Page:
Budget Cuts Could Close Nursing Homes

Nick Lawton
NewsWest 9

PERMIAN BASIN - State budget cuts that passed the House on Sunday include a 10% cut to Medicaid providers, one example of which are nursing homes.

A 10% cut doesn't sound bad, but when it comes to Medicaid, nursing homes will also be receiving an extra 20% cut from matched federal dollars.

That's 30%, and that could lead to the loss of hundreds of jobs and beds in nursing homes in the Midland/Odessa area if the budget stays the way it is.

There are more than 1,000 nursing homes in the state of Texas and 70% of their beds are housed by Medicaid residents.

According to data collected by the Texas Association of Homes and Services for the Aging, if the 30% cut goes through, 12 nursing homes in the Midland/Odessa area will close.

That's more than 900 jobs lost in the Basin and another 900+ residents without their care.

The question is: Where do they go from there?

NewsWest 9 spoke with one Midland nursing home director, who was in Austin a couple months ago, speaking with legislators.

"That's a repercussion that the state politicians don't seem to be worried about," Alan Hale, Executive Director of Manor Park, Inc. Retirement Community, said. "One of the answers I got was 'it is what it is.'"

Hale said even one resident left out of a home is one too many.

"Residents apparently go out on the street," Hale said. "And we hope the state will find some way to care for them, or protect them, or shelter them."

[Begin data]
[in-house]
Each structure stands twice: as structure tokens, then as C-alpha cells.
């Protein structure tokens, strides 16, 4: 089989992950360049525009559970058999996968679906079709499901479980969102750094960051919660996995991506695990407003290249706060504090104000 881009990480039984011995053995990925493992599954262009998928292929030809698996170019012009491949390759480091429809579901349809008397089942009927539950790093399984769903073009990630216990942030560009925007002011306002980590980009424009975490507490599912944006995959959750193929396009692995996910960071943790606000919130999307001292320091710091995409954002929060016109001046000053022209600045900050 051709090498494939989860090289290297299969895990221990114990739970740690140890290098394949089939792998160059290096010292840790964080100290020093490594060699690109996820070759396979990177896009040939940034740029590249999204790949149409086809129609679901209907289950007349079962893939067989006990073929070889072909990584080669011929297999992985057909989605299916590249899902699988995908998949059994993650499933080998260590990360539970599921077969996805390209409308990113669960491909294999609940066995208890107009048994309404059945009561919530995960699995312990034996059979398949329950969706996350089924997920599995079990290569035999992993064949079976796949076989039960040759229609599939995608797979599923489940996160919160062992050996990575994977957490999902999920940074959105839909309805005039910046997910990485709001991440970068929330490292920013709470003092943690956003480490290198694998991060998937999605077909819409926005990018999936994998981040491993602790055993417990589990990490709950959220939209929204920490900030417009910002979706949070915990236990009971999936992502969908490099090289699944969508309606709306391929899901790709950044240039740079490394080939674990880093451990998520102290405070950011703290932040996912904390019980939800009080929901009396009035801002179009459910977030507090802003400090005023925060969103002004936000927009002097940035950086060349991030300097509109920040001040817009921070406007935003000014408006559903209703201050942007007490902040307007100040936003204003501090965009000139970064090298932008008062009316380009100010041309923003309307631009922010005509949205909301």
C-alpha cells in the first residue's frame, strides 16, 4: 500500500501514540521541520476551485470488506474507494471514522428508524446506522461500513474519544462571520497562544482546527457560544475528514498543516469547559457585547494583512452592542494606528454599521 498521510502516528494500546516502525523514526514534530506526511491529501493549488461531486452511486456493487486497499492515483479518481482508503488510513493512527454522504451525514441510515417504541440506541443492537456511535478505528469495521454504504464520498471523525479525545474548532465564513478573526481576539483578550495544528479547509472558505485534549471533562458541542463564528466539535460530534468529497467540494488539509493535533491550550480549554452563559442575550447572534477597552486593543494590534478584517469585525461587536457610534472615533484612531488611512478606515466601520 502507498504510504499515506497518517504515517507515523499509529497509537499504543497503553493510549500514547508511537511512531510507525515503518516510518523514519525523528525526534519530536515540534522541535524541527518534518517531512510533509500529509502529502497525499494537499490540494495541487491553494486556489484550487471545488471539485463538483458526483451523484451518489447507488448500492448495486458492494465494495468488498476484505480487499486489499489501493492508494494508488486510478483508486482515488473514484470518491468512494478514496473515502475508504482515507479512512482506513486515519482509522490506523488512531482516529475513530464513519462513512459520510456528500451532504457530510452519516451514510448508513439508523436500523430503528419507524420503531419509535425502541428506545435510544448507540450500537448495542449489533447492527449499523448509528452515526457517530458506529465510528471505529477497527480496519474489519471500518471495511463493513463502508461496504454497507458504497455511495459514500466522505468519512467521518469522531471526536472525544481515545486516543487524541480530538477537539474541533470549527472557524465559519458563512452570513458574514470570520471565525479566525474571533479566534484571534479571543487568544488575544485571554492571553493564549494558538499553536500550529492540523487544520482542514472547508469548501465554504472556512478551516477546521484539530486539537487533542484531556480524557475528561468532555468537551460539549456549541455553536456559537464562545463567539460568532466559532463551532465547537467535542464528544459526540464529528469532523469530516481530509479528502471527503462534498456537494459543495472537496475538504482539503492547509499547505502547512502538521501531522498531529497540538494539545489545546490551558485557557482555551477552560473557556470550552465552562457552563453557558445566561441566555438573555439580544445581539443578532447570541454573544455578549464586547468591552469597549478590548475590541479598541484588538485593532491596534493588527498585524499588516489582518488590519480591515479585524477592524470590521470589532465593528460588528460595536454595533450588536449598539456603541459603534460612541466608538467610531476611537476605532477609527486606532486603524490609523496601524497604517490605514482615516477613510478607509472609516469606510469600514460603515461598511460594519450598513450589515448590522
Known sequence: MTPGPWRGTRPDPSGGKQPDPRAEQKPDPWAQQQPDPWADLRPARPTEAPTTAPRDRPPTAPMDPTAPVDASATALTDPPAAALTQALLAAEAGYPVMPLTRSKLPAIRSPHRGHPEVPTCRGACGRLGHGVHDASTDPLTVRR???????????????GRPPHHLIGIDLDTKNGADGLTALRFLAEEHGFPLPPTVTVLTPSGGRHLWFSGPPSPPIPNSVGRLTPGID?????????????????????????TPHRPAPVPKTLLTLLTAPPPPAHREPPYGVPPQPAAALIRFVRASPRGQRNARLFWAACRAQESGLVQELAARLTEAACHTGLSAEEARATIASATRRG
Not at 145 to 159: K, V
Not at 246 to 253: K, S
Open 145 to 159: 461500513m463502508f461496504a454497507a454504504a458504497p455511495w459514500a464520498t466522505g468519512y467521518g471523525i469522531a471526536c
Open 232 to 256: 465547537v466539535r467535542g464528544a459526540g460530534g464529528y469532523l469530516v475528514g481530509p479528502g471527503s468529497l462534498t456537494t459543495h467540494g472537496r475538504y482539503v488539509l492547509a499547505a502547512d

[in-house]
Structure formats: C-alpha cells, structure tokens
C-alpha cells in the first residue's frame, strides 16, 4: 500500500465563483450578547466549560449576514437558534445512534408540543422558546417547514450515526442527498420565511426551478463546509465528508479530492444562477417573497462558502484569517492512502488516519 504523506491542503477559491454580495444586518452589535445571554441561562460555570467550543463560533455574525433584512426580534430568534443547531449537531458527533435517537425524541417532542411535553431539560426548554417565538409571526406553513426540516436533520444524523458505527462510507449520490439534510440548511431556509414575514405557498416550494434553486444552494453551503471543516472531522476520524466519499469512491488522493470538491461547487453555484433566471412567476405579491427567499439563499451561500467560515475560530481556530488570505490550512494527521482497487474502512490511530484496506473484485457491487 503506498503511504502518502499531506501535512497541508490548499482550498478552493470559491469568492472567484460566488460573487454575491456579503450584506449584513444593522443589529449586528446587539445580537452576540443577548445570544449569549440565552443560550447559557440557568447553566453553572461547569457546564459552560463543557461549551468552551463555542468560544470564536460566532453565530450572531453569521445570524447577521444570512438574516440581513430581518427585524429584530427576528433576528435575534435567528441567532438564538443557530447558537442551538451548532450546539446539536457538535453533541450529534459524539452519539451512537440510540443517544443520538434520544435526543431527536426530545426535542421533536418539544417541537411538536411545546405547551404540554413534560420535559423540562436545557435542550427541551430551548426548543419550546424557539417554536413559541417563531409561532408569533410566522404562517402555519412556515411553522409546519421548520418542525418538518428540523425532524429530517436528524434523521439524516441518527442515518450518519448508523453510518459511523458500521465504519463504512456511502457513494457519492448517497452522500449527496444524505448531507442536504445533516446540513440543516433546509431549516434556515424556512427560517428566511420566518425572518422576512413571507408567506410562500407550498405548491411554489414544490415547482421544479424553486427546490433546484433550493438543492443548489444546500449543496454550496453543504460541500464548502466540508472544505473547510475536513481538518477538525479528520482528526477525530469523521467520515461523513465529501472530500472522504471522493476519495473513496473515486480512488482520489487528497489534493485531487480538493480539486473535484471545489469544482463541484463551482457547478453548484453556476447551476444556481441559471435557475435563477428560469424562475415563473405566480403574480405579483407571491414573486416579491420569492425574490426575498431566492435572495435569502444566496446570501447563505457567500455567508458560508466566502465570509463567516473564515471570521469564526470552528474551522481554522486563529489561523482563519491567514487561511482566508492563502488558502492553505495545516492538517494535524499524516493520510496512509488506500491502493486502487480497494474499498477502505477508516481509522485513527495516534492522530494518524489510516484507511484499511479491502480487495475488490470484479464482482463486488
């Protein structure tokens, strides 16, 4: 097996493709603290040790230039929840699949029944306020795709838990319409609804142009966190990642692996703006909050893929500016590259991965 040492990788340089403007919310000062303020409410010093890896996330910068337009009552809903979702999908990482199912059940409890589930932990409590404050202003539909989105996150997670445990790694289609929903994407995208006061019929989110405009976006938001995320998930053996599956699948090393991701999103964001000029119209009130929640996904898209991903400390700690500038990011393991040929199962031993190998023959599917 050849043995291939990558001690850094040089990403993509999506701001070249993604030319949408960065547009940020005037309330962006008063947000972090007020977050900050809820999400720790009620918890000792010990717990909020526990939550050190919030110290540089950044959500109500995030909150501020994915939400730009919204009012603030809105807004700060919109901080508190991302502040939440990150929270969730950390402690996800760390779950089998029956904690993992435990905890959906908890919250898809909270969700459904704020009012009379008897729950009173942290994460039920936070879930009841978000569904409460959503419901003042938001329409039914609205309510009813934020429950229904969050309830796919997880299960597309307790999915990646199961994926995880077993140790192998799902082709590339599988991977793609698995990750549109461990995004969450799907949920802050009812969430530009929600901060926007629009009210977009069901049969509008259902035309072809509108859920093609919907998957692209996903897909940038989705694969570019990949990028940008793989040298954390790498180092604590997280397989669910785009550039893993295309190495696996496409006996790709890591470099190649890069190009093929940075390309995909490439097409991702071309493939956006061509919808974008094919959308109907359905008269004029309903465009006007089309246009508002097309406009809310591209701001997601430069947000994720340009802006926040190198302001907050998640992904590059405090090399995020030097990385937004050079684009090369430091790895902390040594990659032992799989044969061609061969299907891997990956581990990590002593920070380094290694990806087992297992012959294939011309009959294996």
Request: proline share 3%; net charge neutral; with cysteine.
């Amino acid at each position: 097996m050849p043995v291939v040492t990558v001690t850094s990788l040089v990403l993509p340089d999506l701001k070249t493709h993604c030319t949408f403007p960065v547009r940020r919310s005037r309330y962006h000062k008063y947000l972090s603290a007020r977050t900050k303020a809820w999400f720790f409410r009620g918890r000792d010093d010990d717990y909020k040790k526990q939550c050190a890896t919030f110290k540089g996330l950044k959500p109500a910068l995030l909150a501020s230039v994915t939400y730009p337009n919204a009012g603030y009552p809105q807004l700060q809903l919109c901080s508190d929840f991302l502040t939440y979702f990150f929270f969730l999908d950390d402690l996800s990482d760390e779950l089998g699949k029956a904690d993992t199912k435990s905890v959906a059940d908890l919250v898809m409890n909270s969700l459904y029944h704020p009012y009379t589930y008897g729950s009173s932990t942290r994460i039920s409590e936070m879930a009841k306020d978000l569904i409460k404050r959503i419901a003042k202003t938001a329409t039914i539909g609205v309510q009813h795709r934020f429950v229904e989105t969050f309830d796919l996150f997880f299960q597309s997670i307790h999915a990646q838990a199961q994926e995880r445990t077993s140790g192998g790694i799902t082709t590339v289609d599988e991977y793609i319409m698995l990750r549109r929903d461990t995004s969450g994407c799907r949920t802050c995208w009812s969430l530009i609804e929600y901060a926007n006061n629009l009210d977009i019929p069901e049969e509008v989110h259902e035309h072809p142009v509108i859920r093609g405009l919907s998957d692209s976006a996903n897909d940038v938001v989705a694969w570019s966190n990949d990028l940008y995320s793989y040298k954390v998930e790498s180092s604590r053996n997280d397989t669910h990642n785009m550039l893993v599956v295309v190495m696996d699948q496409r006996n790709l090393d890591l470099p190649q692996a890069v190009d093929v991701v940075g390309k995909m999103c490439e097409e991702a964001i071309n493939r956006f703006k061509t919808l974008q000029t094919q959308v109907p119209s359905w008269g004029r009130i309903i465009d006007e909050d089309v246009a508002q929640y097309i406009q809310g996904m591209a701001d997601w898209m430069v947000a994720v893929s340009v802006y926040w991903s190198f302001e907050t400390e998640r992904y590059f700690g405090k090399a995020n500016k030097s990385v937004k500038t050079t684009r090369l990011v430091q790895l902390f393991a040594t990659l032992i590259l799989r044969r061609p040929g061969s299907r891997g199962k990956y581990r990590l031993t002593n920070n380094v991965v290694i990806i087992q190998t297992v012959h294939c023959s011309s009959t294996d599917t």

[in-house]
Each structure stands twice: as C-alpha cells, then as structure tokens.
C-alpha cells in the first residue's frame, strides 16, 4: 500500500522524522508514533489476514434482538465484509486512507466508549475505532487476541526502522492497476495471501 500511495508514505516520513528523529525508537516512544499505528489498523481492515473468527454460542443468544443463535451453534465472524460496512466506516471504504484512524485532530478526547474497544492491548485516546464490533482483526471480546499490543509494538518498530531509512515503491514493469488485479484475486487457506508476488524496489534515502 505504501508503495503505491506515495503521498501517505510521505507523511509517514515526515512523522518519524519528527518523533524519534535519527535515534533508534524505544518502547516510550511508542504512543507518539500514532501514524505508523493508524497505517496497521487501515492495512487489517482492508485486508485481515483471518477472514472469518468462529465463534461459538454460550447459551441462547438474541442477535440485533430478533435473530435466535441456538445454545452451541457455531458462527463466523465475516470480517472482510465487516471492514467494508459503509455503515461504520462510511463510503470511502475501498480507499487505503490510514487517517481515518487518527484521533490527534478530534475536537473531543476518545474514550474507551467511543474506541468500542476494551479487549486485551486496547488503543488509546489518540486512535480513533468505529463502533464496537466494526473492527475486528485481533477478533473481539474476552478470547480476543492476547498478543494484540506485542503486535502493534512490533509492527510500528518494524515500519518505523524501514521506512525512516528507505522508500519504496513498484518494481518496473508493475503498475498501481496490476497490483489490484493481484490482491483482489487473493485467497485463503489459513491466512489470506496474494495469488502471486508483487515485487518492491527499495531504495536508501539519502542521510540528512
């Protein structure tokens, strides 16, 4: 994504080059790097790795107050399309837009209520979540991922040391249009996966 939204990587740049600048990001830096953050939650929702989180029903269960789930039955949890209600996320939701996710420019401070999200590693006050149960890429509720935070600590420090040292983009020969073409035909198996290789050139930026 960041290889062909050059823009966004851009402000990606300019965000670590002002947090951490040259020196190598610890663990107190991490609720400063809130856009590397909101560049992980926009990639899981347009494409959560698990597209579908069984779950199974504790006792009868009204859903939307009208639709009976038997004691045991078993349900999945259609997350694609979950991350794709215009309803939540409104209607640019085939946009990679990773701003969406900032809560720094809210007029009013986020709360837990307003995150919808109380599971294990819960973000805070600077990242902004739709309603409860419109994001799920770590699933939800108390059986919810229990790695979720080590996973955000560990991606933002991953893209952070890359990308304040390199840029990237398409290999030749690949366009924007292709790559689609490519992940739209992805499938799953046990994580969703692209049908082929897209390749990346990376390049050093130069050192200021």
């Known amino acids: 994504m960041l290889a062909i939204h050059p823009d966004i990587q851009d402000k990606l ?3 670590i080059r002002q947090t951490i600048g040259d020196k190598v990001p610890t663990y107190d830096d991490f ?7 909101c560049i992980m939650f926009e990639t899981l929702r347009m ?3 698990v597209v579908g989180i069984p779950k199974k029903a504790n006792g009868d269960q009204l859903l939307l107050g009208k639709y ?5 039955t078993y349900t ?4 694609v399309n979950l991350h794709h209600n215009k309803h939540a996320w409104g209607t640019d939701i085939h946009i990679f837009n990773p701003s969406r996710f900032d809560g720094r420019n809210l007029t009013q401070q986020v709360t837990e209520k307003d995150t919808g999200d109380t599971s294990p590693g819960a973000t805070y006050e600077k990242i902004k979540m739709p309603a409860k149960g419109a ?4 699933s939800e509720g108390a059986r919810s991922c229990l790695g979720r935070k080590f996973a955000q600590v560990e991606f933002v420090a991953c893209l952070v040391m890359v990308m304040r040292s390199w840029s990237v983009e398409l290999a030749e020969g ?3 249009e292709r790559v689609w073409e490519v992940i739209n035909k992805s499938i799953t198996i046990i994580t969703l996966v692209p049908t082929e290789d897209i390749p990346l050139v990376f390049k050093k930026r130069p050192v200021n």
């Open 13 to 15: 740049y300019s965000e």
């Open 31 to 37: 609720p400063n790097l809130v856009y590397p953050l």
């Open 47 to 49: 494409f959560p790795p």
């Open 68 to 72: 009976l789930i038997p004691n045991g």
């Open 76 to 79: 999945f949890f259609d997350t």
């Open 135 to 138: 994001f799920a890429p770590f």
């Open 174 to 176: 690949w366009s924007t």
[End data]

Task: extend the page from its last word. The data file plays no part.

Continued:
Another nursing home, Deerings Nursing and Rehabilitation in Odessa, told NewsWest 9 they might have to cut their staff.

They're afraid that will lead to less attention to the residents, less benefits for other employees and less transportation for residents to their doctors.

"Residents have to wait longer to get their call-out answered," Deerings Administrator, David Barnard, said. "They have to wait longer to have someone help them to the bathroom. Maybe it's we have to be more selective with what we can allow for them to go and get specialized treatment."

That's not good news for the more than 100 residents at Deerings needing rest and rehabilitation.

One resident told NewsWest 9, Deerings helped her walk again after breaking her right femur.

"I came in here not able to do anything," Jacqueline Boultinghouse, said. "I had lost much muscle mass. Now I can get myself up out of the wheelchair on my own because they have given me such good rehabilitation."

Last year, Deerings had a 52% discharge rate of getting people healed up and back to their homes, but administrators worry that with these cuts, they won't have the resources to continue that kind of help.

"That only happens when you've got a good rehab staff and a good nursing staff and everyone works together and it's great teamwork," Barnard said. "If people are getting their wages cut and they're losing benefits and they're having to do with less, how well is that attitude going to stay up and how great is that teamwork going to be?"

Both Manor Park and Deerings Nursing and Rehabilitation said they're not in danger of closing.

That budget still must go through the Texas Senate.

If you have a loved one in a nursing home and want to know how the cuts would affect their home, you're advised to contact the directors of the homes.